In short, Delta Dream Express is a photographic journey that passes through the struggles and fantasies, hardships and dreams of the Mississippi Delta today. Attempting to explore the modern-day cultural landscape in a colorful, unique and fertile American region with a difficult past and an uncertain future.
Originally conceived as photography show that opened at Through This Lens Gallery in Durham, NC, in October of 2007, Delta Dream Express is a collection of photographs made throughout the Mississippi Delta in 2006 and 2007. Because this project was largely documentary in nature, some of the photographs were not for sale, but others were and are available in limited quantity archival inkjet prints (more information on that bellow). The idea to photograph in the Delta rose up from my travels down the Mississippi River and a deep love of American roots music. Hillary Rhodes, a colleague of mine from our shared time at the Quad-City Times in Davenport, Iowa, was working for ASAP, a now-defunct youth subsidiary of the Associated Press, when we began talking about the Delta and blues music in the age of the iPod. What was to become of this region now that the original practitioners of it's greatest musical export were no longer living, say for a few great ones still on the touring circuit? What kind of tourist attractions were taking the place of reality? Do juke joints still exist? Is anyone else younger taking up the form and pushing it forward?
We made a pitch to the editors at the Associated Press promising to seek out the answers to these and many more questions. Surprisingly, they gave us the green light. The resulting journey proved to be a somewhat manic attempt to understand a region of the country that seemed a whole other part of the world. It's dark and complex history challenged the best of our intentions and left us with far more unanswered questions than we could imagine after three week's worth of experiences. We did feel that our youthful perspective and intensely self-critical thinking provided, at the very least, a contemporary view of a place often spoken of in the past tense. View the resulting ASAP story series.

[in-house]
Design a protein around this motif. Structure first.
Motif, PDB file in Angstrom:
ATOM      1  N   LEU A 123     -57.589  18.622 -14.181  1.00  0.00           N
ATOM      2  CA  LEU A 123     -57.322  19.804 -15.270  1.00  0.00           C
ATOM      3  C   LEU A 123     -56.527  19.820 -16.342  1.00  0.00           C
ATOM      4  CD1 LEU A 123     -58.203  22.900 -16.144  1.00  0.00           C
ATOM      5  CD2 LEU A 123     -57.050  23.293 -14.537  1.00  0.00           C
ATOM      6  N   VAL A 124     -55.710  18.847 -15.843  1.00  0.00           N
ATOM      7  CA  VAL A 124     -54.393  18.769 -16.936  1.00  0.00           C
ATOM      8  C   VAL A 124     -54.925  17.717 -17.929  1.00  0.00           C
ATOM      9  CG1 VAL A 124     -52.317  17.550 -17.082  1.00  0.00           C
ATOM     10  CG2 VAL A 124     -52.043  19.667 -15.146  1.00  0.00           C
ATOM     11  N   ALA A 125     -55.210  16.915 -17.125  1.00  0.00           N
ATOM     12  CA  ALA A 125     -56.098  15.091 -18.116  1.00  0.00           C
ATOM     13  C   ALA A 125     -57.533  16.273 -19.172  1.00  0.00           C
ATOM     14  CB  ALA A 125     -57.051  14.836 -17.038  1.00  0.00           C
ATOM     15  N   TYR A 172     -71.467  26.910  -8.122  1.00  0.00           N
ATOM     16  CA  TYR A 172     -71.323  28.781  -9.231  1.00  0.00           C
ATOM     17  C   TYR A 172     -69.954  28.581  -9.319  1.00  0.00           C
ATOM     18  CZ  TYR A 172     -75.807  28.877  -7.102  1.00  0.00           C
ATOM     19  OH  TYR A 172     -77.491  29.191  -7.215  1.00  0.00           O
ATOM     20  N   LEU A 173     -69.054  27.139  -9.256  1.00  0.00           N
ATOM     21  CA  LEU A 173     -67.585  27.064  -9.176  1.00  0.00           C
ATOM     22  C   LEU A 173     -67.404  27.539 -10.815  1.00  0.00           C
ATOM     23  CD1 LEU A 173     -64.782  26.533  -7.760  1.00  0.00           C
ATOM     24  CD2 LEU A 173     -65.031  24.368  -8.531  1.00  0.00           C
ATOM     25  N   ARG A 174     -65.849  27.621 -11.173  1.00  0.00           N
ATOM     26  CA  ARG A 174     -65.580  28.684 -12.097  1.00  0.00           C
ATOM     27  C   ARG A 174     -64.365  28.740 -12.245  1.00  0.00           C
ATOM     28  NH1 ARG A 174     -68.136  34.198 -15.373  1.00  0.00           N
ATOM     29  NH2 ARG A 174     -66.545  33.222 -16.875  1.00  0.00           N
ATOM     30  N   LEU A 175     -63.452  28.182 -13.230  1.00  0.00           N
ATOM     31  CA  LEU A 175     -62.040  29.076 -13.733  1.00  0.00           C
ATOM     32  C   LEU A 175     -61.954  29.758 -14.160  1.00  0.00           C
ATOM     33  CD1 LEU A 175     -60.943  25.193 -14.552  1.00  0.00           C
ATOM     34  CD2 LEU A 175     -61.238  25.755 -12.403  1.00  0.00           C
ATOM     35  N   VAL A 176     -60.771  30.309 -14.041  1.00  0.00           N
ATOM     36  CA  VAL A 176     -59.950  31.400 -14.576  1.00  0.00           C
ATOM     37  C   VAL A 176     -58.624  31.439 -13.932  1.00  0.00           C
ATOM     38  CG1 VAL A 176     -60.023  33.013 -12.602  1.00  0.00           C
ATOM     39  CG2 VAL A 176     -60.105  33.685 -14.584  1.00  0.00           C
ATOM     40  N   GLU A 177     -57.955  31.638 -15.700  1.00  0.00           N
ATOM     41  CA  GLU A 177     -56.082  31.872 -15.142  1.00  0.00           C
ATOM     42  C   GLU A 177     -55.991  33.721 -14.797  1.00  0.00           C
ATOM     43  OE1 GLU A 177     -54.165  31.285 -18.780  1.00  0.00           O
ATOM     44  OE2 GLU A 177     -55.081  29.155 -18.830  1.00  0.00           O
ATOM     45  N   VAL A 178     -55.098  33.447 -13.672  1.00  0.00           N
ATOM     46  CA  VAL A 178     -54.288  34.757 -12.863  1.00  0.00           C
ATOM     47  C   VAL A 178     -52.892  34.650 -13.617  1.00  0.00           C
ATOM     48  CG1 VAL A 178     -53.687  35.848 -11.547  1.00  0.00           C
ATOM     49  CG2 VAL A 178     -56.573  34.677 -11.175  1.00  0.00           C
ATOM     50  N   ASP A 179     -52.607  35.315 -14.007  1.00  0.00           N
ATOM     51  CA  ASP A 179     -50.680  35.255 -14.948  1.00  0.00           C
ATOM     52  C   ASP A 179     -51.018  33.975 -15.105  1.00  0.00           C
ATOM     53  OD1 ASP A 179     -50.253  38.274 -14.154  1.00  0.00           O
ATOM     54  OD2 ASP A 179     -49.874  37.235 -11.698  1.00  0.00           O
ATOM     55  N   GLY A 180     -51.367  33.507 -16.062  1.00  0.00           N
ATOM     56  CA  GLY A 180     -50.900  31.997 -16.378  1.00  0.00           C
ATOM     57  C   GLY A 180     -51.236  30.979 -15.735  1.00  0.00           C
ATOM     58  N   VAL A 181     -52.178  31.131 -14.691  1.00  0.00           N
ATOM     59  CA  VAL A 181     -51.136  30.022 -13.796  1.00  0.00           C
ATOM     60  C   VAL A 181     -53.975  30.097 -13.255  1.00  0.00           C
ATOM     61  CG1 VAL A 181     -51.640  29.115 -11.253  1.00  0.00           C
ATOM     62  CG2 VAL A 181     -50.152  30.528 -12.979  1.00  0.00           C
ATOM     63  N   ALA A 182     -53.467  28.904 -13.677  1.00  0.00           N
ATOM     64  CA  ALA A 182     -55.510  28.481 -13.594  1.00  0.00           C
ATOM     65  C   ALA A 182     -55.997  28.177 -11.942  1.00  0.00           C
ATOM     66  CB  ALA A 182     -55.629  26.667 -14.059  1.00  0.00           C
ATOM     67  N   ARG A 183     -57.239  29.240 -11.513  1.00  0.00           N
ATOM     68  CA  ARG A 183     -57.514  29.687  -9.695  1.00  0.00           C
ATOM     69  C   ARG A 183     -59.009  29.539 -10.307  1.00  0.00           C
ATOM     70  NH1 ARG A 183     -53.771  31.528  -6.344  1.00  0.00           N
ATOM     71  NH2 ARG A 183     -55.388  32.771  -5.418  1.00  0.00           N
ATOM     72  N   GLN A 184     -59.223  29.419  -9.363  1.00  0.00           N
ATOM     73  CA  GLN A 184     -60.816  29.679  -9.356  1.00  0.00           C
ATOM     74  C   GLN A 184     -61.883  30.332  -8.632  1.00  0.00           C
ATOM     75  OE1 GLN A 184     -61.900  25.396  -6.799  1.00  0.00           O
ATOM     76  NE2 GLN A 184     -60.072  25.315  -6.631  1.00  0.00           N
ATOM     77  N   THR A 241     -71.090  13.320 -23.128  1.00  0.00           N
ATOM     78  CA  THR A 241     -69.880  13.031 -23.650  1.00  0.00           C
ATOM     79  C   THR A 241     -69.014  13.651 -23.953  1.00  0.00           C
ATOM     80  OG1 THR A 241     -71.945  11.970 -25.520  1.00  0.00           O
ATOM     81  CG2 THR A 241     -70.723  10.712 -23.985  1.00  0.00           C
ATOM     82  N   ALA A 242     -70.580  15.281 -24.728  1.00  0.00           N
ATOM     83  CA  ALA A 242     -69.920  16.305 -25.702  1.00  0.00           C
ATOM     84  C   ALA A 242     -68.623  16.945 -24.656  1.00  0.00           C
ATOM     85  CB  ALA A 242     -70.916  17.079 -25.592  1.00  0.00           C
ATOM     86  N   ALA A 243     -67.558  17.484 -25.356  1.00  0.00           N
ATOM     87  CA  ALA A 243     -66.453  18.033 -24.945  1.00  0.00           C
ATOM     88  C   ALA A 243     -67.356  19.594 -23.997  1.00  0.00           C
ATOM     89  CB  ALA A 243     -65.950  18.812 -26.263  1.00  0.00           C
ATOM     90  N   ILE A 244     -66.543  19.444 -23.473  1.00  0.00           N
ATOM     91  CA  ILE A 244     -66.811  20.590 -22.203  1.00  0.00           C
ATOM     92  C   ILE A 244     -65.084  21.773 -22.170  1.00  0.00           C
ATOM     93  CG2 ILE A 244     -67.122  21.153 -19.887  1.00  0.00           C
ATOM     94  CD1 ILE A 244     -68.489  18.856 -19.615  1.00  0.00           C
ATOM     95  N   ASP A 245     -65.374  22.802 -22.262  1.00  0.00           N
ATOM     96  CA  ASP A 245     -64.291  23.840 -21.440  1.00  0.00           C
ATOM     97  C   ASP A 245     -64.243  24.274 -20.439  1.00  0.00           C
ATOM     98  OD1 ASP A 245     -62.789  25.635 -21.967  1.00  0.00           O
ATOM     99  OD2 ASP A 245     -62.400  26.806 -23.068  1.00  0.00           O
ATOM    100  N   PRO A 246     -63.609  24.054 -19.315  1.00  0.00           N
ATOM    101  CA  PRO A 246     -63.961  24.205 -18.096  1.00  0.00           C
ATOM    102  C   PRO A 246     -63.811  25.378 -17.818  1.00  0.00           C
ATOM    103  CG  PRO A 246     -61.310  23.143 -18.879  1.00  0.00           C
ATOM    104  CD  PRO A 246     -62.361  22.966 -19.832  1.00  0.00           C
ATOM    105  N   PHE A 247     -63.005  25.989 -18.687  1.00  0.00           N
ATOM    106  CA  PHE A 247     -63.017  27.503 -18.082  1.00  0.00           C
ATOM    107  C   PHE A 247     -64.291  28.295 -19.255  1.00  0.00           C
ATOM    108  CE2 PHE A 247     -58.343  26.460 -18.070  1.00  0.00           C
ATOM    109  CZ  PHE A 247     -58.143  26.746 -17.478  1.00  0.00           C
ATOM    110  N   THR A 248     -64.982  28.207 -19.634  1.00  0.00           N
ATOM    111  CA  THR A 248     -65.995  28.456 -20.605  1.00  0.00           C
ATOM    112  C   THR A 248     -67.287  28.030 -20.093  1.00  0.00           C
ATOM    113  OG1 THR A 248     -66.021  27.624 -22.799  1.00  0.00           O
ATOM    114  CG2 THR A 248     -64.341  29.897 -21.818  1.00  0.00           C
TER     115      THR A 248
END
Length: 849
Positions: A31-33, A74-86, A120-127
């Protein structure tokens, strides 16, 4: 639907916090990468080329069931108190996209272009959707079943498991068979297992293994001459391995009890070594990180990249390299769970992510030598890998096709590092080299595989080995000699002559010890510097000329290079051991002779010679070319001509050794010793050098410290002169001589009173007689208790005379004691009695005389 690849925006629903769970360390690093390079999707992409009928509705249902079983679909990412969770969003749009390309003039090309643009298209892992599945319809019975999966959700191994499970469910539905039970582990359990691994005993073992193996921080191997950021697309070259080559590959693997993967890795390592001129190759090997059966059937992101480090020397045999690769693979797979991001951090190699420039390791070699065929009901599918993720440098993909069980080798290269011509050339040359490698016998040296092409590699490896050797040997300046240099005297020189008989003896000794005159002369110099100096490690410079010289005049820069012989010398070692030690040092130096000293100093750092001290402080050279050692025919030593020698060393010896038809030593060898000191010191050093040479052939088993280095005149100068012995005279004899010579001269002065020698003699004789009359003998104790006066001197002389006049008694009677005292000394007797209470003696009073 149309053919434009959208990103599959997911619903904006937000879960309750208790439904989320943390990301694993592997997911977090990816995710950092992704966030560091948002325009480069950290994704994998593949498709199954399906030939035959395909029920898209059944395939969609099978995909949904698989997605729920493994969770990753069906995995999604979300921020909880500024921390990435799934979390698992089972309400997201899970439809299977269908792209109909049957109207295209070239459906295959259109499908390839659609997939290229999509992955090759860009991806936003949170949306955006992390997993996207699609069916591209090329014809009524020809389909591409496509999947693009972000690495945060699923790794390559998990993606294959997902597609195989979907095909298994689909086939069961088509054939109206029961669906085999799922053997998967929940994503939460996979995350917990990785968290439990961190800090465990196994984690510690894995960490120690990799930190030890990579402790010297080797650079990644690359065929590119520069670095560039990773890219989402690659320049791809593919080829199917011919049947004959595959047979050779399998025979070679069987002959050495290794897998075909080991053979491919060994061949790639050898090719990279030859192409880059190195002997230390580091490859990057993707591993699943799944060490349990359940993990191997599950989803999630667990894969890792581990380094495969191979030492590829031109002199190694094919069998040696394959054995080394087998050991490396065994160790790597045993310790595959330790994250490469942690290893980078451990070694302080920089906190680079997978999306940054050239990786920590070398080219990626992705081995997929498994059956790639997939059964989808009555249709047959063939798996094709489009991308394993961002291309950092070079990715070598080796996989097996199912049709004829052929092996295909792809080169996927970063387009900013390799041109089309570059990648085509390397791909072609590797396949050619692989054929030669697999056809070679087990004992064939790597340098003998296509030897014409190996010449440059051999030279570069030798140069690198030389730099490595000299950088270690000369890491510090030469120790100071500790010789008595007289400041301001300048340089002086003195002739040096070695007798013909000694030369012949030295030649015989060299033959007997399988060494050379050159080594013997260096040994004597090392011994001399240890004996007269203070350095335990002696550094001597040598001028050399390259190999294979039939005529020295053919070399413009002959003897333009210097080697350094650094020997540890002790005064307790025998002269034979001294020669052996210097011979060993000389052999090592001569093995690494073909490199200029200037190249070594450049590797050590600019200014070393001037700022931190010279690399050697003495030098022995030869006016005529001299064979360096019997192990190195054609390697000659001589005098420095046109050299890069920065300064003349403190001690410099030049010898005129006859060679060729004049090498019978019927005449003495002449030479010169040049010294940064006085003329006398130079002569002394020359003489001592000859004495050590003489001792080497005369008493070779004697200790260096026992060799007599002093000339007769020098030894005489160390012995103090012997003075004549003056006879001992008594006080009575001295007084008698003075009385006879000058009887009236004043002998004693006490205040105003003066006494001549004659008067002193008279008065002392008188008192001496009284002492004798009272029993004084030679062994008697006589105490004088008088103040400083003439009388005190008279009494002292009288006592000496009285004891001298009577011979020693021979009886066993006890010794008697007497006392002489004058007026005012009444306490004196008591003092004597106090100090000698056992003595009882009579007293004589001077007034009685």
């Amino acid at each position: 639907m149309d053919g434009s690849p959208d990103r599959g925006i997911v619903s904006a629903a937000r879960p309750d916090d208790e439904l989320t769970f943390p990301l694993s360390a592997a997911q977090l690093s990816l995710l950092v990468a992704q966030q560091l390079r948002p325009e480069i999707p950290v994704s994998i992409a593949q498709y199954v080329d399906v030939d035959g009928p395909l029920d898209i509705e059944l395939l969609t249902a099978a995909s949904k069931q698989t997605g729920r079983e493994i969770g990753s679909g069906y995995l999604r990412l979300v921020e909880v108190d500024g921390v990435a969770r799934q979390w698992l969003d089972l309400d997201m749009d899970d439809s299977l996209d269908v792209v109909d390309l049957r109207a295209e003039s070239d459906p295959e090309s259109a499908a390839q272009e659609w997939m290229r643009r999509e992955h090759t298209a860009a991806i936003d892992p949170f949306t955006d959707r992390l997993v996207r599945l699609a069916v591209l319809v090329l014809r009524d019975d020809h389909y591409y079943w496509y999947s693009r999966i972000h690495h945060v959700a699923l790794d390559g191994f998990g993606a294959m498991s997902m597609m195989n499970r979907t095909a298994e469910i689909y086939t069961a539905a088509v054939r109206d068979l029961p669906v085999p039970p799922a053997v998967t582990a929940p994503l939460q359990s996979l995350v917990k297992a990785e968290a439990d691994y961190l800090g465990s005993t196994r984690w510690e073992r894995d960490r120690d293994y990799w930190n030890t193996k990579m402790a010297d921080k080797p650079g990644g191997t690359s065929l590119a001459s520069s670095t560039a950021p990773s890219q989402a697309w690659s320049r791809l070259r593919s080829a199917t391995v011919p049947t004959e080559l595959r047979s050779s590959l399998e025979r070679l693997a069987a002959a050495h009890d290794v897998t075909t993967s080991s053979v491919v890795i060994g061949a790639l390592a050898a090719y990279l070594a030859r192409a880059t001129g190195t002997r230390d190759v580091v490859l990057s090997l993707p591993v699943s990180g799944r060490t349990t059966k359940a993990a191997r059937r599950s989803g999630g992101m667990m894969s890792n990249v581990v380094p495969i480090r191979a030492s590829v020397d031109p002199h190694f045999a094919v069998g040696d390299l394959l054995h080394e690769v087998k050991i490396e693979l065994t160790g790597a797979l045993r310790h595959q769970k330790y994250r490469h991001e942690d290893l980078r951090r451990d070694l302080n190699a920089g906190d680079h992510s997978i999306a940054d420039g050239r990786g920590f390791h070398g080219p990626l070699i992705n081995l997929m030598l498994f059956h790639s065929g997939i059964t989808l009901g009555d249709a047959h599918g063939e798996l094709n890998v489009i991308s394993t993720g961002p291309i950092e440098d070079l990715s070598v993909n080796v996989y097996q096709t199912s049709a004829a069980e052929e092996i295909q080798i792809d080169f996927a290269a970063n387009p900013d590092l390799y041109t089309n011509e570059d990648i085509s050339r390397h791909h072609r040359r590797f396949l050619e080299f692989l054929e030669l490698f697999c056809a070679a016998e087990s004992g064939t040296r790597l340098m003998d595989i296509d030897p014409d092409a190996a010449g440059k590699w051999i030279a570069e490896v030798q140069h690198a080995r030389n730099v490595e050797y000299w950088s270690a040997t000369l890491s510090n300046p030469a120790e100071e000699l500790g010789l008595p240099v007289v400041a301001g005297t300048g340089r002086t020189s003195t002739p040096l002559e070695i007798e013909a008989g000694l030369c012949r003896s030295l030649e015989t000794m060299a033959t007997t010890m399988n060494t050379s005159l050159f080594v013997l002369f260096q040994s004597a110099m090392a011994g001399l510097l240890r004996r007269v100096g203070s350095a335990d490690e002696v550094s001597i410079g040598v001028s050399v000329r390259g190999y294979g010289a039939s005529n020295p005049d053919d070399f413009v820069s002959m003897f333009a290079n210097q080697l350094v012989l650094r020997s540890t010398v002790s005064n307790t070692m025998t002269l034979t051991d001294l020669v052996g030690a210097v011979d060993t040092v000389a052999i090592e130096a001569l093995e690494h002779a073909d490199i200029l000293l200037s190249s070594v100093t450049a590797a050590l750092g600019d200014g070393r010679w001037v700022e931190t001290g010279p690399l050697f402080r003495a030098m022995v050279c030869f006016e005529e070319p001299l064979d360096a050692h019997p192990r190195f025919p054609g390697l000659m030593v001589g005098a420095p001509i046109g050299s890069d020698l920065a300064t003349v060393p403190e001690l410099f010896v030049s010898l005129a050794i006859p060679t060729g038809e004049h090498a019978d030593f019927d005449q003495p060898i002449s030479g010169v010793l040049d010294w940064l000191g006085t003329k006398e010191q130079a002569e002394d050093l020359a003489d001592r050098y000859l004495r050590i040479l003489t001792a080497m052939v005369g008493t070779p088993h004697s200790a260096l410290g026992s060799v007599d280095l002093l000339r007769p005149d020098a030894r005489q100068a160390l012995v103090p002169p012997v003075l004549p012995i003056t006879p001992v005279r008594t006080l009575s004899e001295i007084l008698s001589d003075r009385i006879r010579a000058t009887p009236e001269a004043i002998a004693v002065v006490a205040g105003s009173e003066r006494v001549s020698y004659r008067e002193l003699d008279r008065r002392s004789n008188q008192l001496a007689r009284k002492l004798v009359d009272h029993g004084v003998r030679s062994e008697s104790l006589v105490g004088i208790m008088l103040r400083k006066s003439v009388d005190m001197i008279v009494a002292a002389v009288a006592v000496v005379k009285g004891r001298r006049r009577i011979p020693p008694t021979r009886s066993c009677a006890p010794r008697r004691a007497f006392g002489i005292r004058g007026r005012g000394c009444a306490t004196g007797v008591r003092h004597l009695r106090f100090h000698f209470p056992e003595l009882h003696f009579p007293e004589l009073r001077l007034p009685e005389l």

One year later I returned to the Delta to work with the American Diversity Project - a bold and innovative photojournalism workshop created by Jim & Carla Winn. Instead of zipping all around Mississippi, I stayed mostly around the Clarksdale area and focused my attention on telling more personal stories. While strolling down Issaquenna Ave., I happen to walk into Gates Piano Co., where Mr. Timothy Louis Gates was leaning back in an old office chair doing crossword puzzles and listening to gospel AM radio. It was a day I shall never forget. And thanks to the generosity of ethnographer and filmmaker Ali Collen Neff (Let the World Listen Right), I was introduced to the talented young rapper Ms. Kimyata “YATA” Dear.
In the near future, I would like to return to the Delta to visit with friends and people that have left a lasting impression upon my perception of life. For now, I hope that this collection of photographs and audio will offer an informative and thoughtful reflection of a culturally rich American region often overlooked and forgotten.
- DL Anderson